Morning Brief: Lay-Offs Hit Washington Families

The Washington area is well known for its economic resilience. Nevertheless, several large employers have announced lay-offs and staff writer Brigid Schulte takes a look at the experiences of middle class families that have lost a wage earner today.

Each of the families learned how fast the slide to the bottom can be. One family was able to eat some months only because they became poor enough to qualify for public assistance. Another thinks bankruptcy might be the only option.

In mortgage news, giant Freddie Mac increased its support for the nation's ailing home loan market in October, in part playing the role the government desired when it seized the mortgage finance giant.

The company said on Monday that it bought $27 billion in mortgage-backed securities in October, growing its portfolio at an annual rate of 44 percent. The company's portfolio now stands at $764 billion; it may grow to $850 billion by the end of next year under the government's plan.

The purchases by Freddie -- and District-based Fannie Mae, which hasn't released its October data yet -- may have kept mortgage rates from skyrocketing amid the credit crisis. But they haven't reduced them, one of the goals of the government takeover.

And in holiday travel news, people in the Washington area are still planning to travel long distances for roasted turkey and the warm embrace of family.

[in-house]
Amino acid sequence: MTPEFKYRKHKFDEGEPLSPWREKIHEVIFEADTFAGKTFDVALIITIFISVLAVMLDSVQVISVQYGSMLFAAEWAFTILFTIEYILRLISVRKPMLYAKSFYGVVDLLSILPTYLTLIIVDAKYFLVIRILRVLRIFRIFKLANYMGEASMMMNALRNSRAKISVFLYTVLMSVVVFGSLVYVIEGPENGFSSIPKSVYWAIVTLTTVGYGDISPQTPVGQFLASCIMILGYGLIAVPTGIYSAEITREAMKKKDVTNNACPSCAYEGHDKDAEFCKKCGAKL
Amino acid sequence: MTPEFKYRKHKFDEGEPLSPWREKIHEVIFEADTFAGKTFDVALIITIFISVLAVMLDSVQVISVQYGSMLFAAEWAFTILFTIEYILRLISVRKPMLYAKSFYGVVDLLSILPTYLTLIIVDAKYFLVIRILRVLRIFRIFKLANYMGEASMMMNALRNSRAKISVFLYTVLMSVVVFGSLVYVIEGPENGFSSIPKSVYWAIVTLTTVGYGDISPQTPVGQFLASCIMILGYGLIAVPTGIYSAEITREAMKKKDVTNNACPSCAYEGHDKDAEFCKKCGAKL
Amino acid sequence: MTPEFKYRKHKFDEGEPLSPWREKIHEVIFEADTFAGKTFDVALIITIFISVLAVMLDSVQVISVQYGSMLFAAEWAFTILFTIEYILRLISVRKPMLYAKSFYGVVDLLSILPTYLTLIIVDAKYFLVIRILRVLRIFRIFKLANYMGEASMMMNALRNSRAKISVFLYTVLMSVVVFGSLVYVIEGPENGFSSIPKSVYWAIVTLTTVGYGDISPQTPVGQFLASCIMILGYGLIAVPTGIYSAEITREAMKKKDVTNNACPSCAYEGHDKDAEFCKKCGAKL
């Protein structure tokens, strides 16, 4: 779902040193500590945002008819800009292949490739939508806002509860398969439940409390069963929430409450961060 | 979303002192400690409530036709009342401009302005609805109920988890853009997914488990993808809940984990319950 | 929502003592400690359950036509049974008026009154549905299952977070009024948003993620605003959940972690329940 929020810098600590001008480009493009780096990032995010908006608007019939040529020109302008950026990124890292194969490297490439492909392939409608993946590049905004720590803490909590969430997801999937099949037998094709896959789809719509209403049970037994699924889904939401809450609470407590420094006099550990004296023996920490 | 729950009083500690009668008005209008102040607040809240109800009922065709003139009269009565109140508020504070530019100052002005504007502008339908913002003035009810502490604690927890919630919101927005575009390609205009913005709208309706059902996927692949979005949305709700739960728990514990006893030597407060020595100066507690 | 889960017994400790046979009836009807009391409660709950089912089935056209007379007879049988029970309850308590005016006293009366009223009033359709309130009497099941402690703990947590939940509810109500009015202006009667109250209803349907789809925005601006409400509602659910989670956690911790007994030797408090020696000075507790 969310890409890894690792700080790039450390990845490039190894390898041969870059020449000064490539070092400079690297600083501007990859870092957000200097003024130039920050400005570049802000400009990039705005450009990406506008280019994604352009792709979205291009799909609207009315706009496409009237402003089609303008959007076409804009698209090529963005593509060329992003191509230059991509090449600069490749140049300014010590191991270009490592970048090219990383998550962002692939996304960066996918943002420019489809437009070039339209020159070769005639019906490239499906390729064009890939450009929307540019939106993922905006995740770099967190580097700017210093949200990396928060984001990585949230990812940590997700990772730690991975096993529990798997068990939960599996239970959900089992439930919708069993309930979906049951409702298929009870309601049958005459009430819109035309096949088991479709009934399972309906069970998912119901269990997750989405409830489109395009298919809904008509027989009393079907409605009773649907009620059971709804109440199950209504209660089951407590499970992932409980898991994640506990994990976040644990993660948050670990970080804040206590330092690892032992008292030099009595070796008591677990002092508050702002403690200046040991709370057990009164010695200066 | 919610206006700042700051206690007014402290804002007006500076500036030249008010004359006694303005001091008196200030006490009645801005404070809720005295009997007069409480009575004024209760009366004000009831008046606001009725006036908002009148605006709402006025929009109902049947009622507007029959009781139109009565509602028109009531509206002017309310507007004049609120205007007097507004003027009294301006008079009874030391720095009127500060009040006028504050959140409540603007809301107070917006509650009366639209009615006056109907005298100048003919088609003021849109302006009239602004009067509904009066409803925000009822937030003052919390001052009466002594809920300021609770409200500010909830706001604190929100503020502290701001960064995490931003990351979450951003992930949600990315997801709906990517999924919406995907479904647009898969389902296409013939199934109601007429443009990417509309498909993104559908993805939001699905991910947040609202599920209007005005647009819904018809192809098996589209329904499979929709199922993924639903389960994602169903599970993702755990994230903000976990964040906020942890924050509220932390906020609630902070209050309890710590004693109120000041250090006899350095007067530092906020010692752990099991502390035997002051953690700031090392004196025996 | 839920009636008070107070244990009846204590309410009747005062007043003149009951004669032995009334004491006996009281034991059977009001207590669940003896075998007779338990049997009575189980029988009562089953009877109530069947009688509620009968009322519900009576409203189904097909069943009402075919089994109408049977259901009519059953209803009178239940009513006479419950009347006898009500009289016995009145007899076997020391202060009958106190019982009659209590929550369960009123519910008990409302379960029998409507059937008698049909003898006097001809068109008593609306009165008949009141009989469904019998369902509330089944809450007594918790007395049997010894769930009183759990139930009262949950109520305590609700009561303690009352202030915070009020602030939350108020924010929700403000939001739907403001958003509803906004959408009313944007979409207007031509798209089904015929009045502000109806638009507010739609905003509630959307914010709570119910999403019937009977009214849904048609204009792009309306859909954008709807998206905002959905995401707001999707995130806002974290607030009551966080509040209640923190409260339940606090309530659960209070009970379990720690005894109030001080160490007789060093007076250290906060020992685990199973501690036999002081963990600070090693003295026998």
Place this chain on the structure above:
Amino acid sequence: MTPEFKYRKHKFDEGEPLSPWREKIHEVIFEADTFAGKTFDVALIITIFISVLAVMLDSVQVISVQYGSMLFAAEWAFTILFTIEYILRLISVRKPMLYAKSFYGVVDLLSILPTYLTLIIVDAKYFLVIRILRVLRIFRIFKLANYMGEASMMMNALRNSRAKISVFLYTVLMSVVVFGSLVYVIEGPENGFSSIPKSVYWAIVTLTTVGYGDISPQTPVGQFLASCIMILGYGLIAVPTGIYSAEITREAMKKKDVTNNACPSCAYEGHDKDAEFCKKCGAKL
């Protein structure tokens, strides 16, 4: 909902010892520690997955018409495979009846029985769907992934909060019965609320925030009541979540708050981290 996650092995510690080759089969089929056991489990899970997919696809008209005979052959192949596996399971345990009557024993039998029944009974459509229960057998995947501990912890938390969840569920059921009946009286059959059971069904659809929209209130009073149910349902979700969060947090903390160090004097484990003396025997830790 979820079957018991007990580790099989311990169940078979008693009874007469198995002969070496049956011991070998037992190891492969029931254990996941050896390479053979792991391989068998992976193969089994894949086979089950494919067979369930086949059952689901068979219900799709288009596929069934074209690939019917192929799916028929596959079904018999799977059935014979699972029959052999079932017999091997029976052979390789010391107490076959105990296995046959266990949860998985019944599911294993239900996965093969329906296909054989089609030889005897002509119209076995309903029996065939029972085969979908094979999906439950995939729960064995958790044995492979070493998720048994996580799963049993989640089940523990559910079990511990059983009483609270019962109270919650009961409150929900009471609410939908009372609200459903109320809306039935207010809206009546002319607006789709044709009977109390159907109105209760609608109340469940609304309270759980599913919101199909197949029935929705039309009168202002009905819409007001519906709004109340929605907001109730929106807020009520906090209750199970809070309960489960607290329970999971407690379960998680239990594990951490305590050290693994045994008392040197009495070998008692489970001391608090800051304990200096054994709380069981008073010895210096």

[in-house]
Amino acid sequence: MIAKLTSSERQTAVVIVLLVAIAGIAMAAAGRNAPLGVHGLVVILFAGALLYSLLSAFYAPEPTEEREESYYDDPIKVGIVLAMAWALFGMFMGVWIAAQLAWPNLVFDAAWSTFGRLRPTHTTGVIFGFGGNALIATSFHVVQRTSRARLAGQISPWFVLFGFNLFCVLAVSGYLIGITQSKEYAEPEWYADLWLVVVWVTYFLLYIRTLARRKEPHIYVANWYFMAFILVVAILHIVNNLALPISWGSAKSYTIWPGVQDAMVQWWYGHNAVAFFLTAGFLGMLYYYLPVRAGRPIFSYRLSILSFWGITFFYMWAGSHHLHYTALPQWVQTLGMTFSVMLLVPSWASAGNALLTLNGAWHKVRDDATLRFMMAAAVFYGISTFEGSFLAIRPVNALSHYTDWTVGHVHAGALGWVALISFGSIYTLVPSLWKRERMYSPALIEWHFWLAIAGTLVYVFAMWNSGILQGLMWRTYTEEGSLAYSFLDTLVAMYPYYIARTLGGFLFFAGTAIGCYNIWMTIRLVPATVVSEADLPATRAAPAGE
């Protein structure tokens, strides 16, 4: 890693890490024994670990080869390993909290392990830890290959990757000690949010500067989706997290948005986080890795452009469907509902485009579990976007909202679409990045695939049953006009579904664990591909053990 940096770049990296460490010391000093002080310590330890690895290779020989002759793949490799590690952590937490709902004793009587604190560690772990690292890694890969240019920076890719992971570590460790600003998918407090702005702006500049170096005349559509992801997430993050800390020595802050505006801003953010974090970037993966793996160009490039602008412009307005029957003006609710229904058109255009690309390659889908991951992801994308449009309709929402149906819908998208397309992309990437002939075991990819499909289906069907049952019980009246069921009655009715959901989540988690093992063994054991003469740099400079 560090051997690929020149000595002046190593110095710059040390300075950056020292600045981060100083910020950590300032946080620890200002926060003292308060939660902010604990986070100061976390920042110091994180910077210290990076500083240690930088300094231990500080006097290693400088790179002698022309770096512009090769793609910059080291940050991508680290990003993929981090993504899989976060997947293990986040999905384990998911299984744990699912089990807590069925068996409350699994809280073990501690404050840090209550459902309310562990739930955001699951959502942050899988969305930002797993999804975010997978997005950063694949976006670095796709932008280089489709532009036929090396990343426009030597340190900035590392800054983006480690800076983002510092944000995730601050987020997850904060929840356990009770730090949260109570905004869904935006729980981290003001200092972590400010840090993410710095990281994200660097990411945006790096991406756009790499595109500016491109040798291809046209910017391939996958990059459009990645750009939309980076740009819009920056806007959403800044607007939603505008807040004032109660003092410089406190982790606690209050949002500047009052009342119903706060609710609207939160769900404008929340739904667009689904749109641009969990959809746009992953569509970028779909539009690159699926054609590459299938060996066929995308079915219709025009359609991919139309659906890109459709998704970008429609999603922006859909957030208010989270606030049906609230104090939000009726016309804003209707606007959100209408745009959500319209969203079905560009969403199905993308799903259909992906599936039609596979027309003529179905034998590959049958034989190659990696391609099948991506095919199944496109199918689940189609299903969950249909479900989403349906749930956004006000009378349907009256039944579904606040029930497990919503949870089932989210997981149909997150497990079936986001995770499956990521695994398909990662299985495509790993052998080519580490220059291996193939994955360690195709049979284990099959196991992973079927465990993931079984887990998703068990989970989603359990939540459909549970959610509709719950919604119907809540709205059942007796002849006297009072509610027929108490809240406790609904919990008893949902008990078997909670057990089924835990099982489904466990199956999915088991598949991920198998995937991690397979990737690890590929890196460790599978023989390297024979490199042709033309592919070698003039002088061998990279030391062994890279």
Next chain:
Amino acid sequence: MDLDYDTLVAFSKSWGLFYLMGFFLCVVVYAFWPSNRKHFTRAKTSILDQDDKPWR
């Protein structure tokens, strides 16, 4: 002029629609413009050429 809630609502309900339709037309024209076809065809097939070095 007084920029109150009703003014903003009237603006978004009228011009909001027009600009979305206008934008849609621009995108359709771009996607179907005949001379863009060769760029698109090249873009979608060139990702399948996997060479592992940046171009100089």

Low prices at the pumps might persuade some folks to hit the road at the last minute, AAA says. Prices are down from an average of $4.11 a gallon in July to $1.91 now. (By Tracy A. Woodward -- The Washington Post)

Travel experts say the dramatic fall in gas prices -- down from an average of $4.11 a gallon in July to $1.91 today -- is likely to salvage a holiday travel season that had been predicted to be one of the worst in memory.

The number of Americans traveling over the Thanksgiving holiday is projected to dip only slightly, despite worries over the faltering economy, according to AAA-Mid Atlantic, a situation that was unexpected just a few months ago when gas and airline ticket prices were sky-high.

By Alejandro Lazo  |  November 25, 2008; 8:04 AM ET  | Category:  Economy , Economy Watch , Fannie Mae , Freddie Mac , Morning Brief
Previous: Carlyle Pulls Back Overseas | Next: Morning Brief: Price At The Pump A Bright Spot

Comments

Please email us to report offensive comments.



The comments to this entry are closed.

 
 
RSS Feed
Subscribe to The Post

© 2010 The Washington Post Company